In a new publication Gadd et al. apply blood-derived epigenetic signatures of lifestyle traits to matched blood and brain samples, uncovering variability in how well blood translates across brain regions and a relationship between smoking and the prefrontal cortex. These preliminary results contribute to understanding how lifestyle-related DNA methylation affects the brain. These factors have been extensively linked with blood-based genome-wide DNA methylation, but it is unclear if the signatures from blood translate to the target tissue of interest-the brain. To investigate this, the authors apply blood-derived epigenetic predictors of four lifestyle traits to genome-wide DNA methylation from five post-mortem brain regions and the last blood sample prior to death in 14 individuals in the Lothian Birth Cohort 1936 (LBC1936).
This cohorte is a longitudinal study of healthy ageing in individuals who reside in Scotland. Participants completed a childhood intelligence test at age 11 years in 1947 and were then recruited for this cohort at the mean age of 70 years. They have been followed up approximately every 3–4 years (currently at the sixth wave), collecting a series of cognitive, physical, clinical and social data, along with blood donations that have been used for genetic, epigenetic, and proteomic measurement. Approximately 15% of individuals in the LBC1936 have consented to post-mortem tissue collection.
The LBC1936 group were born in 1936 and there are socioeconomic and cultural trends in their lifestyles that must be taken into consideration; many may have worked in factories or in shipbuilding yards, exposing them to high levels of respiratory pollutants and poorer socioeconomic status in this era was related to behaviours such as smoking. Though Scotland has a historic and sustained high prevalence of unhealthy lifestyle behaviours such as smoking and alcohol consumption, with a large proportion of the current population either overweight or obese, cohort profiling has found both the Generation Scotland and Lothian Birth Cohorts to be healthier and of higher socioeconomic status than the general population.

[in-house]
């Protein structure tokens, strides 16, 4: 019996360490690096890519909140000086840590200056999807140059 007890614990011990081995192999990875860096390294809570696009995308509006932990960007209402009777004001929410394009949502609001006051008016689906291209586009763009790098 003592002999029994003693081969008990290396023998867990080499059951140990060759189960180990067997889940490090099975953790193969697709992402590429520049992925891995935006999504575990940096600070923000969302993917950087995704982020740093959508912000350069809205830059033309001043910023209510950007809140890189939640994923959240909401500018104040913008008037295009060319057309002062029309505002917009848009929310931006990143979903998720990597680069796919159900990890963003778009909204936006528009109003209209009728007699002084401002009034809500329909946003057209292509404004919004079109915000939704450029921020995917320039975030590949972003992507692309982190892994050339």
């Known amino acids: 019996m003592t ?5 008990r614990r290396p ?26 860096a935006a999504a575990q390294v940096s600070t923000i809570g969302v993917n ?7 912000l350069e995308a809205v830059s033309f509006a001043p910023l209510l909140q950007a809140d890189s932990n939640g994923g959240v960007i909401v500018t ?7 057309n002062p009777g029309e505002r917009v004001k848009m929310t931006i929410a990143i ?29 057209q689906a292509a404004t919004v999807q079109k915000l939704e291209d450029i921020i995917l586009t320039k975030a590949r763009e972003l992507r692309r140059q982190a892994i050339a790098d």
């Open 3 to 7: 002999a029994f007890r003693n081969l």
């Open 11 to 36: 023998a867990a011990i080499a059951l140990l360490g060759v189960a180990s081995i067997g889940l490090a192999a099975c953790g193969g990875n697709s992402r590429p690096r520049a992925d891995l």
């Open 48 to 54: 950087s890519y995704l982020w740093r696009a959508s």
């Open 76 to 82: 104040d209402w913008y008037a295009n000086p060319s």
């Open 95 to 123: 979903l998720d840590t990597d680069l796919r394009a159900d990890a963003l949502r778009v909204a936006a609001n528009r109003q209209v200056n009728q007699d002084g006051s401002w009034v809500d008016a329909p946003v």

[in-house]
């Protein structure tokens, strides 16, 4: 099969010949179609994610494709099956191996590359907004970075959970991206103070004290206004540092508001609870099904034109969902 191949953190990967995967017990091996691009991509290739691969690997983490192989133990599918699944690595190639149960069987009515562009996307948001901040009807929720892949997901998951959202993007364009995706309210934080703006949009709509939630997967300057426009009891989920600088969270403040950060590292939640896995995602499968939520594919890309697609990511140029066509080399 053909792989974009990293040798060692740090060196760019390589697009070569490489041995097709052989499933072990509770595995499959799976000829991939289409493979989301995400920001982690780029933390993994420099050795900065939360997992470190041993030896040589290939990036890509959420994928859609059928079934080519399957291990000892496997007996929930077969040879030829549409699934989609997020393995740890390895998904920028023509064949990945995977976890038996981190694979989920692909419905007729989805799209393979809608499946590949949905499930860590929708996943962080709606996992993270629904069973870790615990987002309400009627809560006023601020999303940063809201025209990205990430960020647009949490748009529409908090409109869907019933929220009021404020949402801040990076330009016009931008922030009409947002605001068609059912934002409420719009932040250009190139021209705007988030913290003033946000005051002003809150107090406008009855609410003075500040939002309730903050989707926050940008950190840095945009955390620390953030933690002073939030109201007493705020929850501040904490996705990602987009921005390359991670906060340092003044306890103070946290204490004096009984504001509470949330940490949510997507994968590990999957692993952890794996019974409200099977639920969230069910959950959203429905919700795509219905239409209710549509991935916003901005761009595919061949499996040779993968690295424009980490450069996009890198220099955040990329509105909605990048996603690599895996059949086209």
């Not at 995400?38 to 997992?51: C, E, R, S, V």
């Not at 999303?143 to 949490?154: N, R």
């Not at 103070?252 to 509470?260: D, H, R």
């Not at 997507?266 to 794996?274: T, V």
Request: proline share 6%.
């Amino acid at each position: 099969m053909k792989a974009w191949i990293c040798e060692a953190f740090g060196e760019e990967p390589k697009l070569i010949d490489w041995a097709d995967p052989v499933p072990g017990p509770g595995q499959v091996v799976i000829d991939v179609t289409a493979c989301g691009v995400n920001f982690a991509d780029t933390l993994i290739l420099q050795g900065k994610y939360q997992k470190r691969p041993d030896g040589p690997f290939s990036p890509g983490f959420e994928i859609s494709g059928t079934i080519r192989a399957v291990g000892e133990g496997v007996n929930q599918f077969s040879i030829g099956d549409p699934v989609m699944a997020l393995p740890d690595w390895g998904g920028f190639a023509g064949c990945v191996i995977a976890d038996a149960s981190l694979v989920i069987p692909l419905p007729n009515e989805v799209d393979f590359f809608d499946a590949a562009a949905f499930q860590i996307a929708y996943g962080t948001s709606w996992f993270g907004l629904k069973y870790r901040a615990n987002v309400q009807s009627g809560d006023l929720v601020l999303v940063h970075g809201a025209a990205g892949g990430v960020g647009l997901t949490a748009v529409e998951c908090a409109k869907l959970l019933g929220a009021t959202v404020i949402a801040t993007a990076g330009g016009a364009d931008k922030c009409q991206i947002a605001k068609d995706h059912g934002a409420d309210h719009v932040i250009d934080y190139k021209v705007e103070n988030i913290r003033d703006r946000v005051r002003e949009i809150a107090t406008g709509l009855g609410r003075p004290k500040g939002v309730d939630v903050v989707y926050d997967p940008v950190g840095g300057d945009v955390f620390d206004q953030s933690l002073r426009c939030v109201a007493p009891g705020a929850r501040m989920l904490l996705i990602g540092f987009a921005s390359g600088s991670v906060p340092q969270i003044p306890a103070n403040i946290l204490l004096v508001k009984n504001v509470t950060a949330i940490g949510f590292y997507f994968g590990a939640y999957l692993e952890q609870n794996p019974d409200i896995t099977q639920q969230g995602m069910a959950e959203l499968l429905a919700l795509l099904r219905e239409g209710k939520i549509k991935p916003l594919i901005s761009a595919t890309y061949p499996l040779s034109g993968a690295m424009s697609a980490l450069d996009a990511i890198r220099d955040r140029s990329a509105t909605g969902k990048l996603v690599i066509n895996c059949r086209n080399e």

The majority of the 14 individuals within the brain bank subset either had been or were still smokers (86%) at the time of death, which was a higher proportion than in the reference group (46%). Most of the 14 individuals (86%) had high HDL cholesterol (> 1 mmol/l), drank alcohol weekly (92%) and had mean BMI of 25.5 kg/m2. Five of the individuals did not smoke.
Using these matched samples, the authors found that correlations between blood and brain DNA methylation scores for smoking, high-density lipoprotein cholesterol, alcohol and body mass index were highly variable across brain regions.
Smoking scores in the dorsolateral prefrontal cortex had the strongest correlations with smoking scores in blood and smoking behaviour. This was also the brain region which exhibited the largest correlations for DNA methylation at AhRR/site cg05575921 - which is the single strongest correlate of smoking in blood-in relation to blood and smoking behaviour. The aryl hydrocarbon receptor (AhRR) gene may act as a tumor suppressor but it is known that Dioxins and dioxin-like compounds are teratogens that exert their effects through the AhRR. This suggested a particular vulnerability to smoking-related differential methylation in this region.
The authors' work contributes to understanding how lifestyle factors affect the brain and suggest that lifestyle-related DNA methylation is likely to be both brain region dependent and in many cases poorly proxied for by blood. Though these pilot data provide a rarely-available opportunity for the comparison of methylation patterns across multiple brain regions and the blood, due to the limited sample size available authors' results must be considered as preliminary and should therefore be used as a basis for further investigation.
All R code used in this study is available with open access at the following Gitlab repository: https://gitlab.com/dannigadd/blood-brain-lifestyle-traits.
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